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ByCaitlyn Stulpin Fact checked byCarol L. DiBerardino, MLA, ELS

A potential threat on the CDC’s radar is a fungal infection being transmitted by feral cats — initially in Brazil, but now in other countries as well.

Cats carry high loads of Sporothrix brasiliensis 
that are easily transmitted to other animals and humans.
Image: Adobe Stock

The CDC issued a warning last year about the potential threat of sporotrichosis in the U.S.

According to CDC, cats carry high loads of Sporothrix brasiliensis that are easily transmitted to other animals and humans via bites and scratches, contact with lesions, droplet exposure and inhalation.

“It’s super contagious, so you can imagine where it just took off in the feral cat population. There are hundreds of thousands of feral cats in these cities,” Tom M. Chiller, MD, MPHTM, chief of the CDC’s Mycotic Diseases Branch, told Healio, referring to the large cities in Brazil where it was first recognized. “Before you knew it, you saw this increase from 100 cases to 1,000 to hundreds of thousands of cases in cats.”

According to the CDC, sporotrichosis has spread across Brazil and other areas of South America but has not been identified in the U.S.

“A cat can shake its head and the spores can fly and land on your skin and you can become infected. That’s unheard of for these types of fungi,” Chiller said. “It’s a bit freaky that this organism has the ability now to be infectious in this other form. That concerns me.”

In 2022, researchers reported the first three cases of cat-transmitted sporotrichosis outside South America, occurring in the United Kingdom. According to the report, the first case was in an older woman with no history of recent travel to Brazil or immunosuppression who was scratched by a domestic cat. The second case occurred in the woman’s daughter, who also had no history of recent travel to Brazil but had been scratched by the same cat. The third case was in a healthy veterinarian who was scratched by the same cat during an exam at his veterinary practice.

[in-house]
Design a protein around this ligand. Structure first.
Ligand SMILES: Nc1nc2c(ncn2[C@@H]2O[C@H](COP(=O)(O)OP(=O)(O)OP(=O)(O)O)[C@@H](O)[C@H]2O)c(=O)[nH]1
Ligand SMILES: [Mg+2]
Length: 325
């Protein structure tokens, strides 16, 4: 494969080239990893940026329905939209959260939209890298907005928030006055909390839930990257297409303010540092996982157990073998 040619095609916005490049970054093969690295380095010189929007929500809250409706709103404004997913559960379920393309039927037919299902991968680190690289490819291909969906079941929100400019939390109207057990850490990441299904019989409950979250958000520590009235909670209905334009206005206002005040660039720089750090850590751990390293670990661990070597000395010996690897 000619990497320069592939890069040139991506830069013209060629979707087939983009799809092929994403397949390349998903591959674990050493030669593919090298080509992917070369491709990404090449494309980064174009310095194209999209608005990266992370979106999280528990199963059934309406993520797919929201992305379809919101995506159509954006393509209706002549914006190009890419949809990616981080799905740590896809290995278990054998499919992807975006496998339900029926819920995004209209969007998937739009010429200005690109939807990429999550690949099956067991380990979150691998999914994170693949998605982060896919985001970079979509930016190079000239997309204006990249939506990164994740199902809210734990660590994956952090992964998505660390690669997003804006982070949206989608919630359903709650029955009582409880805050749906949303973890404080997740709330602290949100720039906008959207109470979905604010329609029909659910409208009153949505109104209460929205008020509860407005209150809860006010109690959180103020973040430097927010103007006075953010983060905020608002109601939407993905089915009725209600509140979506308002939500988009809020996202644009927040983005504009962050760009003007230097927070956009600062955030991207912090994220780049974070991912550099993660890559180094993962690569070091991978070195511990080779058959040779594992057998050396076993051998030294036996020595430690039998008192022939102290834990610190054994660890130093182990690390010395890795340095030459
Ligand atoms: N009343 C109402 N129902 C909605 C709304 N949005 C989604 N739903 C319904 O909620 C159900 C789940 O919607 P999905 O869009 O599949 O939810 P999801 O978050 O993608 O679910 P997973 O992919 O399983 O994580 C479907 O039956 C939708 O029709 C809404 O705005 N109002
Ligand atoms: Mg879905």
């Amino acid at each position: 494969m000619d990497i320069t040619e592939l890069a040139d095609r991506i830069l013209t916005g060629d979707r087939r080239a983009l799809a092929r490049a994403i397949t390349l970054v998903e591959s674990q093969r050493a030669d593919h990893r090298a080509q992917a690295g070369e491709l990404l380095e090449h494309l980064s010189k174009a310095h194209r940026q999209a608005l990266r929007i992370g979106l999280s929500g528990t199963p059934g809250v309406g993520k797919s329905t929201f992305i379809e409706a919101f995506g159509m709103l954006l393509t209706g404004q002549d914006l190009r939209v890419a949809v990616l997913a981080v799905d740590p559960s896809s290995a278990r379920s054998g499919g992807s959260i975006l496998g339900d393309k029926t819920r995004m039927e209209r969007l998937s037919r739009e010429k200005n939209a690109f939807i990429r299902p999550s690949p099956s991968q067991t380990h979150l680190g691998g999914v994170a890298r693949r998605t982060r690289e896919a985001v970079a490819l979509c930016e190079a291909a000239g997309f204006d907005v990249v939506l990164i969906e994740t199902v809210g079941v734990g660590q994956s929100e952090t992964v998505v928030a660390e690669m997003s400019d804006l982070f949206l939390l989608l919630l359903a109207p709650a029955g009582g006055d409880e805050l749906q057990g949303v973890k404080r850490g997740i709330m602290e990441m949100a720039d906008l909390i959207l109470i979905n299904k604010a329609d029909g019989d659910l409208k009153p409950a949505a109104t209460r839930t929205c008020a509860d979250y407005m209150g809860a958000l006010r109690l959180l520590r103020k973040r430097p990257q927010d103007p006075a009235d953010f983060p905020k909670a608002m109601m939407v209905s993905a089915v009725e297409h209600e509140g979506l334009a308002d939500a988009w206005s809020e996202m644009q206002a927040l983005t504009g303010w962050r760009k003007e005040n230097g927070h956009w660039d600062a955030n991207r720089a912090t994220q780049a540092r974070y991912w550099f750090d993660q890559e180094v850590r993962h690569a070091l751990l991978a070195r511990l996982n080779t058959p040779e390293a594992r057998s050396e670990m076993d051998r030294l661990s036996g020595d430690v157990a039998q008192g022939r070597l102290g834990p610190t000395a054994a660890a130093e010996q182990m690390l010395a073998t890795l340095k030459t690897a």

The infections were “likely acquired from an indoor domestic cat which had previously lived in South-Eastern Brazil 3 years previously,” the authors concluded. “This suggests that S. brasiliensis can lay dormant for many years and has implications for global public health.”

The authors urged veterinarians to be vigilant in taking a travel history when seeing cats with unexplained lesions and for animal health authorities worldwide to reexamine border control policies to consider pre-import screening of cats from endemic areas.

According to Chiller, no human-to-human transmission has been documented yet.


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One response to “Cat-transmitted sporotrichosis: A looming threat?”

  1. I’ve had this type of Sporotrichosis since May 2023. At first my physician thought it was contact dermatitis prescribing me steroid ointment which can enhance growth in certain types of funguses in humans. Then I spent hours researching and diagnosed myself with sporotrichosis. My elderly outside cat also had sporotrichosis. He was seventeen years old eventually was very I’ll with the fungus and died. At first my doctor gave me the recommended anti-fungal for treatment. He did a culture test not specific enough showing no signs of fungus. Sent me to a dermatologist who did a punch biopsy still not fluorescent or sensitive enough. Again the test results showed up negative for fungus. The dermatologist recommended I stop taking the anti-fungal medication because nothing was wrong with me. It is March 26, 2024 I’ve still dealing with the parasites through a naturopath tinctures. She has been the only one willing to help me. I live in Spokane, WA do anyone have any advice for local medical treatment to finally rid myself completely of these parasites.

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